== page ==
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The Neuroscience of Morality

Dr Guy Kahane reviews some of the most striking findings of recent neuroscientific research on morality, and consider whether this research might indeed change to the way we think about ethics.

Moral philosophers have been arguing for centuries about the fundamental questions of ethics. In recent years, neuroscience has joined the debate, reporting surprising findings about the neural basis of morality, and the role of emotion in moral judgment. Some scientists predict that this research will revolutionise the practice of ethics; many ethicists think that this is confused, and that there is only one way to pursue ethics: from the philosopher’s armchair.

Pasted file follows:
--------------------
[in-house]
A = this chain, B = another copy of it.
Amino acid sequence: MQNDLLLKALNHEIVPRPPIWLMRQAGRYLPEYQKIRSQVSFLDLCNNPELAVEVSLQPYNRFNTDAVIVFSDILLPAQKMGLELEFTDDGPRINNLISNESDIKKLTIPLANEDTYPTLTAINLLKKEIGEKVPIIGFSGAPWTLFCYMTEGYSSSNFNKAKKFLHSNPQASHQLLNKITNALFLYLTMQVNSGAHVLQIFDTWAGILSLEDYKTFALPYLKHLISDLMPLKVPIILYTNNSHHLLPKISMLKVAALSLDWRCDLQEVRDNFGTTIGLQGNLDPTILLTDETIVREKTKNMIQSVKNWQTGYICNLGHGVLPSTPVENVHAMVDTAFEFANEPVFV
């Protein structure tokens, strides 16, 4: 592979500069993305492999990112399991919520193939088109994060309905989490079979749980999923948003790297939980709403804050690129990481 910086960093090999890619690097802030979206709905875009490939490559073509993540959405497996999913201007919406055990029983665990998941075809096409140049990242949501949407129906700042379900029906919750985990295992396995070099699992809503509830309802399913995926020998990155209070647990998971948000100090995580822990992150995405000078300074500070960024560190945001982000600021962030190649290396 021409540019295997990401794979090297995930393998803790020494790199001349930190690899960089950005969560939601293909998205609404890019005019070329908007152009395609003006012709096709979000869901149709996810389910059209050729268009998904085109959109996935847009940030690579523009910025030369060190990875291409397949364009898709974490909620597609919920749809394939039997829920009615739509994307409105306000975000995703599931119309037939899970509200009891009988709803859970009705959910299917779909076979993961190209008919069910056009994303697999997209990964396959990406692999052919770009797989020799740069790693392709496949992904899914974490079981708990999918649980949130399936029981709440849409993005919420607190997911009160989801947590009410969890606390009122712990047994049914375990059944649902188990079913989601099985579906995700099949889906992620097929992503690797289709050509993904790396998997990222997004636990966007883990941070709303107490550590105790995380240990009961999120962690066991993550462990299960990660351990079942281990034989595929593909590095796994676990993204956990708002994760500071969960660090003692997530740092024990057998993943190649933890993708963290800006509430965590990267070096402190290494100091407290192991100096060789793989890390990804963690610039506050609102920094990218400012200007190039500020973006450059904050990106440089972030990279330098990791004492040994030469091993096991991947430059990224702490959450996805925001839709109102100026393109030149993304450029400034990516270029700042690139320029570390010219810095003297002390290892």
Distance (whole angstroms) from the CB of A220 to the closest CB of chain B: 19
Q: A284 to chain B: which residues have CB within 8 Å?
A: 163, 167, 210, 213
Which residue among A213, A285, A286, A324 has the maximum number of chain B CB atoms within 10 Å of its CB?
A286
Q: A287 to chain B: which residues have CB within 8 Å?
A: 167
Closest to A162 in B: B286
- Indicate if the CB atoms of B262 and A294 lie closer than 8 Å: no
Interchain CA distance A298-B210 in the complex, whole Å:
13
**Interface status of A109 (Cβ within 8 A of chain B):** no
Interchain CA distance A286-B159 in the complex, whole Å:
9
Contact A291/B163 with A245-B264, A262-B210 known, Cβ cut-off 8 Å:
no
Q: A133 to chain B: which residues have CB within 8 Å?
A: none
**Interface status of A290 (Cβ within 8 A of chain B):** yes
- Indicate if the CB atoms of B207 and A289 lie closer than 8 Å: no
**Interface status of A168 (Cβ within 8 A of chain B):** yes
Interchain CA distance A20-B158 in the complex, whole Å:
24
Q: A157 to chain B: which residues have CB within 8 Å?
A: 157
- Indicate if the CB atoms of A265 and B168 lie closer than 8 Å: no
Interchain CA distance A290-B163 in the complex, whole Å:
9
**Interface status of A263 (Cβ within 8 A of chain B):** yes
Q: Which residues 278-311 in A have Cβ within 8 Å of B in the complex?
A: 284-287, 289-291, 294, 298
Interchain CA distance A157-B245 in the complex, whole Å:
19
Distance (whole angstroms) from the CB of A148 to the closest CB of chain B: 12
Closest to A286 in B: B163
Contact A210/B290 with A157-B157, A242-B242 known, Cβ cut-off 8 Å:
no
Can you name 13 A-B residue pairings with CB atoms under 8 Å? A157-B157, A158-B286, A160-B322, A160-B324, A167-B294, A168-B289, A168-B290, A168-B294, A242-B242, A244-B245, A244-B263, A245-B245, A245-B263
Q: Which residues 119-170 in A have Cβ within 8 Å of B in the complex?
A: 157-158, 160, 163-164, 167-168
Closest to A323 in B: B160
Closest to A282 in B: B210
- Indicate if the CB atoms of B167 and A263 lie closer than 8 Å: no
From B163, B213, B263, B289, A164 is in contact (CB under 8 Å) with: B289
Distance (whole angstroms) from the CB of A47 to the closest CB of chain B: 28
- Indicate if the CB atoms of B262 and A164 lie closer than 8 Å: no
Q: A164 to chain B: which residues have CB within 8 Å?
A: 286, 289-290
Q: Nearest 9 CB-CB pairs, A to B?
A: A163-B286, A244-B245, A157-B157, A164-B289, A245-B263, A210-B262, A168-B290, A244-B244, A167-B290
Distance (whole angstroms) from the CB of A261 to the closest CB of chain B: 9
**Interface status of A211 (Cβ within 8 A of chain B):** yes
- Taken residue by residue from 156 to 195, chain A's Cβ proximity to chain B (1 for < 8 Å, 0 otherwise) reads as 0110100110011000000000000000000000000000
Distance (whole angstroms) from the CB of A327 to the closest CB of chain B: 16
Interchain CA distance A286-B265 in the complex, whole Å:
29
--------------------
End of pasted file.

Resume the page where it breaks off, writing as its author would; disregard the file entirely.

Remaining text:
Dr Guy Kahane is deputy director of the Uehiro Centre for Practical Ethics and the Wellcome Centre for Neuroethics, both at the Faculty of Philosophy, the University of Oxford. Kahane has published on the neuroscience of morality, applied ethics, and metaethics. He is co-editor of 'Enhancing Human Capacities', forthcoming from Wiley-Blackwell.


Dr Guy Kahane | talks


Date and Time:

17 March 2010 at 6:30 pm


1 hour 30 minutes



Conway Hall
Conway Hall
25 Red Lion Square
0207 242 8034

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